A Regency Christmas Carol anthology

>> Monday, January 22, 2007

Yeah, I know, it's the middle of January, what am I doing readig a Christmas anthology now? Haven't I just finished OD'ing on Christmassy stuff. Well, what can I say, I'm weird!

The A Regency Christmas Carol anthology was one I bought on the strength of two of the authors: Mary Balogh and Carla Kelly usually do great short stories. As the title indicates, this one's built around a musical theme, and each of the stories features Christmas music in some way.

The Bond Street Carolers, by Mary Balogh was first in the anthology, so I didn't have to feel guilty for reading the Balogh first ;-)

A London street choir brings together a nobleman who dislikes Christmas with a pretty widow who can melt his icy heart.
The hero is an arrogant, icy-cold baron who is captivated by the heroine's son's voice when he hears him sing in a street choir. The heroine is a respectable widow, who is determined to resist him and his plans for her son.

I loved the hero's thawing. That was beautifully written and very poignant, especially his interactions with the heroine's daughter, who was surprisingly adorable. What wasn't so good was the romance. I just didn't see Heath falling in love with Fanny. With her daughter and son, yes, but with her, no way. Fortunately, the rest was good enough to make me rate this a B.

Next came The Earl's Nightingale, by Edith Layton. Layton is a newish author to me. I did read one of her full-length historicals, but though it was nice enough, I haven't been motivated to read anything else.

A lovely heroine pawns a music box, and begins an odyssey that takes her to a handsome earl's parlor... and into his heart
Like the Balogh, this was another story where the romance wasn't particularly convincing, and yet the whole thing was enjoyable anyway.

Eliza is an impoverished music teacher whose grandmother has just left her a music box, telling her that it will bring her happiness, and that as soon as it does, she should set it free. Christmas is coming, and Eliza desperately needs money (for the most romance novel heroine-like of reasons, don't worry. She wants to buy a good present for her brother, etc., etc.). So she pawns her music box, agreeing with the pawnshop owner that he will wait a week before he sells it from under her.

Of course, he doesn't. He sells it to a nobleman, who sends it as a gift to the woman he's been courting, who is angry that it isn't a ring and gets rid of it, giving it to a chambermaid, who.... you get the picture. The long and short of it is that when Eliza goes to retrieve it, well within the week agreed upon, it's not there anymore, and so she and the nobleman who first bought it (and who finds himself captivated by this young woman), embark on a mission to get it back.

As I said above, the romance was pretty meh. I never got too interested in neither the hero nor the heroine, and I disliked that a bland sort of "virtuousness" seemed to be her defining characteristic. However, I did like very much the music box's odyssey and the way it somehow managed to spread happiness into the hands of whoever found themselves their owner. A B-.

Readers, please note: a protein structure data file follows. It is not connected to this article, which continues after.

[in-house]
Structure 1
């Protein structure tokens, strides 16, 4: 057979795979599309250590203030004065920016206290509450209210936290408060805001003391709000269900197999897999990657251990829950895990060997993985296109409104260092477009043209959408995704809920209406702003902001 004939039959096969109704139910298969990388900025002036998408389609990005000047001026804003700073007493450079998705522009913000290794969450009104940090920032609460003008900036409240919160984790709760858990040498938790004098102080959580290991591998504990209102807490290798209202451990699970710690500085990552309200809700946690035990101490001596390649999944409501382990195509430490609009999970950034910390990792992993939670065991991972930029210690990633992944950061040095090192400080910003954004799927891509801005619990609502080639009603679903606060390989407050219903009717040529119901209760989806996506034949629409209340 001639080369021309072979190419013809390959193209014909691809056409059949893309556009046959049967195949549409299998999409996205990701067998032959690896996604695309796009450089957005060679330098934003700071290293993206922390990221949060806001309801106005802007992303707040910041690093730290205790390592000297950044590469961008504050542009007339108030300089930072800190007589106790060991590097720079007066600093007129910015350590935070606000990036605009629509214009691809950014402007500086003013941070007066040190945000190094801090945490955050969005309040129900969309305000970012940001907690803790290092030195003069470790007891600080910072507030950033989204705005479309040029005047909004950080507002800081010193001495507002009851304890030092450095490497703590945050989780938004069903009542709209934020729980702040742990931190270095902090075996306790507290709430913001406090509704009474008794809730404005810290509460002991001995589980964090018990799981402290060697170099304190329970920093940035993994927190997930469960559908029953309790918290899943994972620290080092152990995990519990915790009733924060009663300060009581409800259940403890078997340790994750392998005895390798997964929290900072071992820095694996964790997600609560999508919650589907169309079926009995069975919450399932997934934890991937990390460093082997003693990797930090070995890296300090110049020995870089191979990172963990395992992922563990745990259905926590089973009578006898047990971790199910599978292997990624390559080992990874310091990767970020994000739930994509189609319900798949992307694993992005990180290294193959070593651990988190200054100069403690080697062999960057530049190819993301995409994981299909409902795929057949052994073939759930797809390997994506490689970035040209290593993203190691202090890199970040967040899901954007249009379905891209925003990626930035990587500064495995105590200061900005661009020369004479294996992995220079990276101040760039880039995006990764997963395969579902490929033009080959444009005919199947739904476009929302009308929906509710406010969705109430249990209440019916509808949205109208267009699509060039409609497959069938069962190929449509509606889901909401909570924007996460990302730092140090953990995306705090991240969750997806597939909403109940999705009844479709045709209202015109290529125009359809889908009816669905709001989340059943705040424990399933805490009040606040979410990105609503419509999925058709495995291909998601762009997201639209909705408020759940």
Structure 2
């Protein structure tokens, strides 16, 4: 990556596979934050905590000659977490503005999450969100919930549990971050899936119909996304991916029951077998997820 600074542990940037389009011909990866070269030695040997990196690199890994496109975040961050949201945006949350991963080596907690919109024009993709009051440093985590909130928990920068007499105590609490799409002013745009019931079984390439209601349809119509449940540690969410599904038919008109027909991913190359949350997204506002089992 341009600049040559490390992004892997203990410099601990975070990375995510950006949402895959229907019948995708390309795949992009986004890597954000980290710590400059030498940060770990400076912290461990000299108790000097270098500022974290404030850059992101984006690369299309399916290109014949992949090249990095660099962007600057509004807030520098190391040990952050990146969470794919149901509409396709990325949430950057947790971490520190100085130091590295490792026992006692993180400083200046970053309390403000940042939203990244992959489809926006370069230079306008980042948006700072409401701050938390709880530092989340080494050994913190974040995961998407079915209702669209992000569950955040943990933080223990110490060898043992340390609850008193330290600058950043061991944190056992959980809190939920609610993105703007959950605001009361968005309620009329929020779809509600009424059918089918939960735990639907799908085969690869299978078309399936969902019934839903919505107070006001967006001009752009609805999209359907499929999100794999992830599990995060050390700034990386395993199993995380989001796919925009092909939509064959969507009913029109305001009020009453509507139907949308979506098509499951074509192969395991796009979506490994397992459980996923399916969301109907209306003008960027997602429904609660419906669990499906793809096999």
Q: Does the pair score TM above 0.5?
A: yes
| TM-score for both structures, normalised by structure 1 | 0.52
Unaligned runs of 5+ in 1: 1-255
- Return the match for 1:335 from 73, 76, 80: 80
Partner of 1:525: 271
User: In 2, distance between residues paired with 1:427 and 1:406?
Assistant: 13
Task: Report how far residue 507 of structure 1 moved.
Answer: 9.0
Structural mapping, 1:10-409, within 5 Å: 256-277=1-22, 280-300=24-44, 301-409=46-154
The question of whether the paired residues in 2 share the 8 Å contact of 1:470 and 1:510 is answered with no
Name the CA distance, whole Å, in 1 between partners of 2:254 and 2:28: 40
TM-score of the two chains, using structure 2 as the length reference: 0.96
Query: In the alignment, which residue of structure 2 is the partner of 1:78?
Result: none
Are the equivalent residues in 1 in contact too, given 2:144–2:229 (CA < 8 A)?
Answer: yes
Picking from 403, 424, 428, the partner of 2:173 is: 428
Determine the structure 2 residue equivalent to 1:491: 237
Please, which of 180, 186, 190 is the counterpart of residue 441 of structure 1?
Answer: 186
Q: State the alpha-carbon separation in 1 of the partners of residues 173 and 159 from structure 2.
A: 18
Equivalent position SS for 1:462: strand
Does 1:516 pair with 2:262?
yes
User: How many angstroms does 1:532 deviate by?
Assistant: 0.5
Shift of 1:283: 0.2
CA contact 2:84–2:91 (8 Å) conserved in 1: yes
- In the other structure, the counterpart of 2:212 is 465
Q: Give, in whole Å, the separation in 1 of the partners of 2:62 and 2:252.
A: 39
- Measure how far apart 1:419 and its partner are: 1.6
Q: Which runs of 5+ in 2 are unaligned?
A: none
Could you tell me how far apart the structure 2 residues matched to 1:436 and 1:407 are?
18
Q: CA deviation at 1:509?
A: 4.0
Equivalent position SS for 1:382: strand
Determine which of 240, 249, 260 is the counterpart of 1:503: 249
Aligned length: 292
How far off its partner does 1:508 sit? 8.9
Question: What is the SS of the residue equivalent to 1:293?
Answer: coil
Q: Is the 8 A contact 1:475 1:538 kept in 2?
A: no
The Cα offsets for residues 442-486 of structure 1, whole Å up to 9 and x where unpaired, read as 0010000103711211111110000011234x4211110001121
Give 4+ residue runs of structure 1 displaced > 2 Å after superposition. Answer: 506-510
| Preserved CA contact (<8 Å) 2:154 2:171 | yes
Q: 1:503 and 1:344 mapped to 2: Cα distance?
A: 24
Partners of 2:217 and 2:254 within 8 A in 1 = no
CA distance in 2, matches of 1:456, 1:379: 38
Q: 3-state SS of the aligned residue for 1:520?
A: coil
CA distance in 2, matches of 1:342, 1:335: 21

Elisabeth Fairchild was the only wholly new-to-me author in the anthology. Her The Mistletoe Kiss was the middle story.

The celebration of the Yuletide season helps a grieving governess to discover that Christmas can bring new hopes, new dreams, and perhaps even a new love.
This one just didn't succeed in engaging me in the story, and I actually had to skim to the end, because I got stuck mid-story and couldn't bring myself to read more than a couple of pages at a time. I thought it had potential, and I liked the idea of a more melancholy Christmas story, rather than the usual sappy, giddy happiness (the bell-ringing was very good in setting the tone and mood), but the characters never came alive at all -and neither did the story. A C-.

Carla Kelly's story came next, the delightfully titled Make a Joyful Noise.

In this joyful tale, a widower discovers an enchanting surprise in the Christmas choir: a mysterious Welsh lady.
The Marquess of Chard is a former soldier and now farmer who lives alone in Northumberland with his two children. His first marriage was an unhappy one, and he's very lonely. Until, that is, he meets his neighbours' widowed and pregnant daughter-in-law and tries to recruit her for the church choir.

This was my absolute favourite. The hero is one of Kelly's trademark kind, honourable men, and I thought he was to-die-for. We get the entire story narrated from his POV, and oh, how I loved being in his mind! Still, the only reason this wasn't an A was that the heroine remained a bit too much of a mystery at the end of the story. A B+.

Finally, Melody, by Anne Barbour. I've only read another short story by Barbour, and it was a bit blah, just ok.

An American finds himself in an English village, where a singer with the voice of an angel helps him find not only his tie with the past- but a future filled with love.
And that's exactly how I felt about this story about an American who's recently and unexpectedly come into a title, and who falls for the dowager countess' shy and scarred companion. Nothing at all offensive here, but it was pretty boring! Josh did have a spark of life in him, but heroine Melody was bland beyond description. A C.

No real clunkers, and three stories I'd actively recommend. My grade for the anthology as a whole is a B-.


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